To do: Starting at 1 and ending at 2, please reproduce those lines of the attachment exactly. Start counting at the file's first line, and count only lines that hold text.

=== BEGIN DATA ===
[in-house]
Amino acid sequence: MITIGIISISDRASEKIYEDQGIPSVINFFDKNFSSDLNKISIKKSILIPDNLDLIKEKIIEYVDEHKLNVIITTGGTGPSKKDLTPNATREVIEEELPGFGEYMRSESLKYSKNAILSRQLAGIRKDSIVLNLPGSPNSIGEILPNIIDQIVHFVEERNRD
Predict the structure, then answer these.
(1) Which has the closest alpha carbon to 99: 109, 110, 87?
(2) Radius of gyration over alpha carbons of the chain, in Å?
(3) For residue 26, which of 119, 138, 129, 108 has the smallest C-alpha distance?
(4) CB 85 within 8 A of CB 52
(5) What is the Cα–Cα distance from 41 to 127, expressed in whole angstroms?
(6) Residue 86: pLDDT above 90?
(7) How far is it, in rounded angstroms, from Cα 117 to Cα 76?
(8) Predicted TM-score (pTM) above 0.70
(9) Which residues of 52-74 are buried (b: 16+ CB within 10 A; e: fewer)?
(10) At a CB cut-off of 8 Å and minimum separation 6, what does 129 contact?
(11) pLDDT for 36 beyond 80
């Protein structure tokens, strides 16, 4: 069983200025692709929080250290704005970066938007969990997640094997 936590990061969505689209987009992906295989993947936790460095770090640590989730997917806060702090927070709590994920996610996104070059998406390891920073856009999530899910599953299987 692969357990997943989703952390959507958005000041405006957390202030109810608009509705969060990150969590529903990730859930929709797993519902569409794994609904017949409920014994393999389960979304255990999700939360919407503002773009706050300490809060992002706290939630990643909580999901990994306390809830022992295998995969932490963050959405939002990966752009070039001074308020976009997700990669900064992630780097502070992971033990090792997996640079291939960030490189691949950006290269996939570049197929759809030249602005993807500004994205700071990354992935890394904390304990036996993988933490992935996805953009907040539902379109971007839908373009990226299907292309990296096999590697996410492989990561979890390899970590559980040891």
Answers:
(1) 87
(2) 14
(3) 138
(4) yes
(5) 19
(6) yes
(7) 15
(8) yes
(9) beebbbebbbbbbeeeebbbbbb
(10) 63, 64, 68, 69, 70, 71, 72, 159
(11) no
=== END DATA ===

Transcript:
[in-house]
Amino acid sequence: MITIGIISISDRASEKIYEDQGIPSVINFFDKNFSSDLNKISIKKSILIPDNLDLIKEKIIEYVDEHKLNVIITTGGTGPSKKDLTPNATREVIEEELPGFGEYMRSESLKYSKNAILSRQLAGIRKDSIVLNLPGSPNSIGEILPNIIDQIVHFVEERNRD